Octavian's gravelly half-sung rhymes have taken him from homelessness to UK rap stardom

2349

FACT Rated is our series digging into the sounds and stories the most vital breaking artists around right now. This week, Will Pritchard speaks to Octan, the South London–France MC shaking up UK rap having graduated from prestigious performing arts centre the BRIT School while homeless.

There’s a good reason why rising MC Octan’s sound is so hard to pin down. “I’m not really from anywhere, you know what I mean?” he asks, in the same gravelly tone that decorates his half-sung raps. Aged 21, the artist – real name Octan Godji – is being tipped for greatness in 2018 after a handful thrilling tracks blending trap, housey 4/4 kicks and leftfield hip-hop. But getting to this point hasn’t been easy.

Octan was born in France, but his father passed away when he was just a toddler. His mother, originally from the Ivory Coast, then relocated to Camberwell, a suburb in south east London. Octan’s relationship with his mum frayed as he passed into adolescence – “I was a bad kid,” he says, “robbing and doing stupid shit” – and after he was excluded from school in London, she sent him back to France to attend private school for two years.

“I fucking hated it, it was shit – it was so shit,” he says. “It was just proper suppressed. There was no creativity: you go to school, you come home, that’s it. For me, I clocked that you can’t listen all your life. I don’t think life works like that. You have to find your own way.” Having decided he’d had enough, Octan moved back to London and to his mum. From there, things got worse, and he soon left home.

Octan coasted between places, sa-surfing and sleeping rough. “I had some people whose houses I slept in, and most the time it was just a case finding places to stay,” he explains. “But sometimes you’d be out and there’d be nowhere to go. You’d be ringing your friends and there’d be no one there.” This was, he says, all part discovering his own path in life.

Today, he’s been without a fixed address for the best part six years. In that time, however, he’s managed to complete a community arts course at The BRIT School – a prestigious performing arts college, better known as a factory for churning out pop stars like Jessie J and Adele than for nurturing genre-blending MCs like Octan – release a 10-track mixtape, and, in the past two months, sign a deal with Sony subsidiary Black Butter, also home to J Hus, Goldlink, Wiley and DJ Khaled, among others.

Applying to the BRIT School – which is free, but notoriously tough to get into – was an opportunity for Octan to escape the shaky situation he found himself in and a chance to focus his naturally optimistic mindset. “I was a positive yute,” he says. “You couldn’t be negative. If you were negative where I was growing up, you would just die. I’d still be out in the cold now, negative. That mindset would get me nowhere.”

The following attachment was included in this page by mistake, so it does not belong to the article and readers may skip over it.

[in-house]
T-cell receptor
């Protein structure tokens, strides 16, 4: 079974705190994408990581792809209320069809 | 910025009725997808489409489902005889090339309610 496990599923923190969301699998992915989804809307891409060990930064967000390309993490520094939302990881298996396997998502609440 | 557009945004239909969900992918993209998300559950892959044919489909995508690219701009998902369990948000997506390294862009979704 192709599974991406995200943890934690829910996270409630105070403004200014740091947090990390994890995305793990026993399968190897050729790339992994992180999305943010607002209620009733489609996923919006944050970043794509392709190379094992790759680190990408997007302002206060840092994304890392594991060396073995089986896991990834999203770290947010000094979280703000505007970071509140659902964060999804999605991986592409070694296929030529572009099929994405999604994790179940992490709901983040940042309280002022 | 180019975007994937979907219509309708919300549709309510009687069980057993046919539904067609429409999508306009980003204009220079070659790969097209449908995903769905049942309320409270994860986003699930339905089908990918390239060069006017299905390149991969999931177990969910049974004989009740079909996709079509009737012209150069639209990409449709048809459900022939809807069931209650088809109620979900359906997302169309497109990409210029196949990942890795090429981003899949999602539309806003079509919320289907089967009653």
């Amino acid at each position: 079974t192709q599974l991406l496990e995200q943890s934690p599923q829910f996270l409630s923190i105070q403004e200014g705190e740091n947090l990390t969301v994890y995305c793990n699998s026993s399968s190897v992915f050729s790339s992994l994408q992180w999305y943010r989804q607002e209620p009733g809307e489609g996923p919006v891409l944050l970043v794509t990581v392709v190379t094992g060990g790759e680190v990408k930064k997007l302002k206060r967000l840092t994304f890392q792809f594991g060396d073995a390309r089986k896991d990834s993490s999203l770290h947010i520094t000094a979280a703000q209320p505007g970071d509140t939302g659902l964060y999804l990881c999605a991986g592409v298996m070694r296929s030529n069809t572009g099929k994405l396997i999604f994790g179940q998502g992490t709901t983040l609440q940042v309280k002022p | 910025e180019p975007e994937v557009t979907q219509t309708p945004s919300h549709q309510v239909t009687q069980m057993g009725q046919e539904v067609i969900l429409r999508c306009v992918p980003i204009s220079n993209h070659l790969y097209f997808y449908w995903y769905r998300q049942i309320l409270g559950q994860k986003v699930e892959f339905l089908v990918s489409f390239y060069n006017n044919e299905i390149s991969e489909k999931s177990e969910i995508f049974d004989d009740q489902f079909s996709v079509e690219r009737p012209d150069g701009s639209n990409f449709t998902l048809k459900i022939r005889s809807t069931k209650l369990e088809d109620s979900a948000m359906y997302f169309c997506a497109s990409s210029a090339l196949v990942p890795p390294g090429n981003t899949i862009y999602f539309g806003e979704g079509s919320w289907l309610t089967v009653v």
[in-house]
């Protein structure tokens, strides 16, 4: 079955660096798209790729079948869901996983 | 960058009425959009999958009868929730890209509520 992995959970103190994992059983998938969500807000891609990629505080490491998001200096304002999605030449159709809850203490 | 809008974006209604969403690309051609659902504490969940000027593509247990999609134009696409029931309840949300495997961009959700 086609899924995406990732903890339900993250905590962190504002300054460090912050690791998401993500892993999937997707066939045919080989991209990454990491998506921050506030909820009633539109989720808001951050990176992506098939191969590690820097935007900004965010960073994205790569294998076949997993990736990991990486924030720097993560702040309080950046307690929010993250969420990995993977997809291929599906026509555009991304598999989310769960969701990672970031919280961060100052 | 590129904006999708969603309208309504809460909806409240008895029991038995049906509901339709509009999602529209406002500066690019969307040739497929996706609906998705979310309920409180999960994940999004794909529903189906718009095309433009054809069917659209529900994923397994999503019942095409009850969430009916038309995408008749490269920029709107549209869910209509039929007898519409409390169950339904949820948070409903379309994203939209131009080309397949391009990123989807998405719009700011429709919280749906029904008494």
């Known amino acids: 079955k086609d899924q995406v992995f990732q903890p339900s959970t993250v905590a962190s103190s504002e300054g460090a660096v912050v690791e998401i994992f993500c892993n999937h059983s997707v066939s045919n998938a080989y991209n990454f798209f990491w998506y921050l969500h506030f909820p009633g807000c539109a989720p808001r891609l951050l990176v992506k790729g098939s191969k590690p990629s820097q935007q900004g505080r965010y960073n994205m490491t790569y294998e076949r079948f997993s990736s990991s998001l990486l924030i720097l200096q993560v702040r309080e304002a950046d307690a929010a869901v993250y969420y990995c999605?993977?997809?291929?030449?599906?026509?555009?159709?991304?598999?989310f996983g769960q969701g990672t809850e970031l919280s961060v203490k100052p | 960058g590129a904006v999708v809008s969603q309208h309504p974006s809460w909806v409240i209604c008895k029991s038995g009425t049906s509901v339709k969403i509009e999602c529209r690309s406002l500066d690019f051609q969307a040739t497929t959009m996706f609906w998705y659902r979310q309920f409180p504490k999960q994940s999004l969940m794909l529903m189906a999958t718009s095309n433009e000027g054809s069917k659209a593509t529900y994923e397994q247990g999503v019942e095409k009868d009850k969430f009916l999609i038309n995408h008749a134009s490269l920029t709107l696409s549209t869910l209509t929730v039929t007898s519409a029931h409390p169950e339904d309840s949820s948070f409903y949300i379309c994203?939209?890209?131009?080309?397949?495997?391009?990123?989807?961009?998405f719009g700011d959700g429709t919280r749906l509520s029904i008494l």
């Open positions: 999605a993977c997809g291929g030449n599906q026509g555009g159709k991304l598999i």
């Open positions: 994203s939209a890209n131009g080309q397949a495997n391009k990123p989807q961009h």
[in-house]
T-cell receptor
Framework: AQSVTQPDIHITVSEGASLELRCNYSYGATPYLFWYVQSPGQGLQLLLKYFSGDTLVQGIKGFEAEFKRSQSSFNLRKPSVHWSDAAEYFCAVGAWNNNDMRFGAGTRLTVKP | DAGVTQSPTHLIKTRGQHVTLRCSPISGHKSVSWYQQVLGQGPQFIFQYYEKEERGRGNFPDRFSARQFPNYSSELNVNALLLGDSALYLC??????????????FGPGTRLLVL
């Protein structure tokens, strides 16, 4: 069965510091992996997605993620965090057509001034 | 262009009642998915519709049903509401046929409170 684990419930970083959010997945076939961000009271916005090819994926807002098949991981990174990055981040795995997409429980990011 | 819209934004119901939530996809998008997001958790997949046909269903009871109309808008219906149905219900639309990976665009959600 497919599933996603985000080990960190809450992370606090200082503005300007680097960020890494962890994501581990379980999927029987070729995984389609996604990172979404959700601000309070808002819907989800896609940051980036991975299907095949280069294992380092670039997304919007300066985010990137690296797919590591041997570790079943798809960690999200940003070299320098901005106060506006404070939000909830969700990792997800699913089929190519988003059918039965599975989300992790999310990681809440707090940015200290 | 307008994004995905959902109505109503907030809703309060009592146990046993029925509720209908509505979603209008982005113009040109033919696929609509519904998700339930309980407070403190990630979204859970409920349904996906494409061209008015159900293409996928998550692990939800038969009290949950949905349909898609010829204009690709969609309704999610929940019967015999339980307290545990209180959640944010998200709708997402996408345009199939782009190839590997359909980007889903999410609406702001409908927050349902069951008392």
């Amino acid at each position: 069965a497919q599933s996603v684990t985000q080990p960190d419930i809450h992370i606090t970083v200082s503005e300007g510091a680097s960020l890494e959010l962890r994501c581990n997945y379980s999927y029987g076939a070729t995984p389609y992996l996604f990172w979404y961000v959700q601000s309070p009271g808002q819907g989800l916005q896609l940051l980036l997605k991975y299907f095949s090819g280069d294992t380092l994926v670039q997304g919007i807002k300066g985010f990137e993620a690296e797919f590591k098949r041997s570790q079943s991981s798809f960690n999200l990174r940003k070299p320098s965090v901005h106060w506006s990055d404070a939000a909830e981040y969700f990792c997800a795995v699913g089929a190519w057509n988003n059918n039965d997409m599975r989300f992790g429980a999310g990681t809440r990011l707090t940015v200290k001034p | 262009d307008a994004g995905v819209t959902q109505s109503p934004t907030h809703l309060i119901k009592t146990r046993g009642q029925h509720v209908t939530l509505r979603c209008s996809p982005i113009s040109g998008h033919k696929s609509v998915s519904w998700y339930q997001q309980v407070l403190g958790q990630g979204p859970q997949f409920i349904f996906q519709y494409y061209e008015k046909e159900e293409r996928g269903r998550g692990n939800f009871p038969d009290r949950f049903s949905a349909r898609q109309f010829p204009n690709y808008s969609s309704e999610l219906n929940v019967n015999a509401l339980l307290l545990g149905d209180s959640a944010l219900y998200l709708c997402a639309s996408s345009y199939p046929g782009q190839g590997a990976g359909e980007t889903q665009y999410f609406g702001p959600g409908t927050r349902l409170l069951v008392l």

Joining the school was a culture shock, but one that he reflects upon now as instrumental in his learning how to adapt to new crowds. “People you meet there are so much different than in south London. They’ve grown up always having everything and you start putting yourself into that mentality, because you have to be that way with them.” Arriving to classes presentably and punctually meant his living situation went largely unnoticed – though he suspects this was a case The BRIT School turning a blind eye, wary that acknowledging his homelessness might lumber them with additional responsibilities.

Since graduating, Octan’s been working non-stop on developing his sound and signature throaty delivery. The deal with Black Butter came f the back the silky ‘Party Here’, a bonafide sleeper hit that, the rapper says, had labels clamoring for his signature. Talking to him now, in a swanky docklands apartment provided by the label, he sounds relieved. “Through my past experiences, I feel like I can connect with lots different kinds people,” he says, “because I had to. It means I can make a lot different kinds music.” He reflects on his life as an outsider, both in the literal sense homelessness and as existing outside the socio-cultural homogeneity the BRIT School. It’s had an outsize influence on his music – helping him view the world as a smaller place, and fueling his ambitions to make music that’s “for everyone.”

Octan describes himself as both a rapper and a singer and it’s arguably the way he shifts so effortlessly between the two registers that makes his sound so captivating. The same could be said his contemporaries – artists such as 808INK, Abra Cadabra, Yxng Bane and others – but Octan’s beats, most which he has a hand in producing himself, help to set him apart from the pack. Catchy and experimental, they eschew traditional song structures, deploying kooky, James Blake-esque synths and exploring unusual rhythmic territory.

Already in the pipeline for 2018 is a neon video for ‘100 Degrees’ that follows on directly from ‘Party Here’, before an EP arrives later in the spring. For now though, he’s enjoying having a ro over his head and thinking about how to break the news to his mum that, in his own words, he’s made it.

Will Pritchard is a freelance writer. You can find him on Twitter.

Read next: Gabe ‘Nandez spent “10 years trapped in the fog” and emerged a witty, reflective new voice in NY rap